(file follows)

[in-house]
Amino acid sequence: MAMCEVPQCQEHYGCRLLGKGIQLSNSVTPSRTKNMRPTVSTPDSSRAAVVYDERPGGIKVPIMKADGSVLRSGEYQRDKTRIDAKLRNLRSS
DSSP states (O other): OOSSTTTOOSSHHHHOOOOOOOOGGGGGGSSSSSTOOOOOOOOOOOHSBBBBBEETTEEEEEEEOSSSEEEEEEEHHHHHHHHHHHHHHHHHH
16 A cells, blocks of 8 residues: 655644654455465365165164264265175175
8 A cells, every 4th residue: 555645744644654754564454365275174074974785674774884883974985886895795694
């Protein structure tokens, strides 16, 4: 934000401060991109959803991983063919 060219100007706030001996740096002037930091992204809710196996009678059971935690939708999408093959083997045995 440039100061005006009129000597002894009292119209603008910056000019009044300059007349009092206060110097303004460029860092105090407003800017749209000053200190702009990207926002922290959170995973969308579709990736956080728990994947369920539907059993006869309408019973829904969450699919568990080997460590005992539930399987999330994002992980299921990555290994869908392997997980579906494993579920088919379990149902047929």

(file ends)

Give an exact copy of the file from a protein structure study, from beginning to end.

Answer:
[in-house]
Amino acid sequence: MAMCEVPQCQEHYGCRLLGKGIQLSNSVTPSRTKNMRPTVSTPDSSRAAVVYDERPGGIKVPIMKADGSVLRSGEYQRDKTRIDAKLRNLRSS
DSSP states (O other): OOSSTTTOOSSHHHHOOOOOOOOGGGGGGSSSSSTOOOOOOOOOOOHSBBBBBEETTEEEEEEEOSSSEEEEEEEHHHHHHHHHHHHHHHHHH
16 A cells, blocks of 8 residues: 655644654455465365165164264265175175
8 A cells, every 4th residue: 555645744644654754564454365275174074974785674774884883974985886895795694
């Protein structure tokens, strides 16, 4: 934000401060991109959803991983063919 060219100007706030001996740096002037930091992204809710196996009678059971935690939708999408093959083997045995 440039100061005006009129000597002894009292119209603008910056000019009044300059007349009092206060110097303004460029860092105090407003800017749209000053200190702009990207926002922290959170995973969308579709990736956080728990994947369920539907059993006869309408019973829904969450699919568990080997460590005992539930399987999330994002992980299921990555290994869908392997997980579906494993579920088919379990149902047929």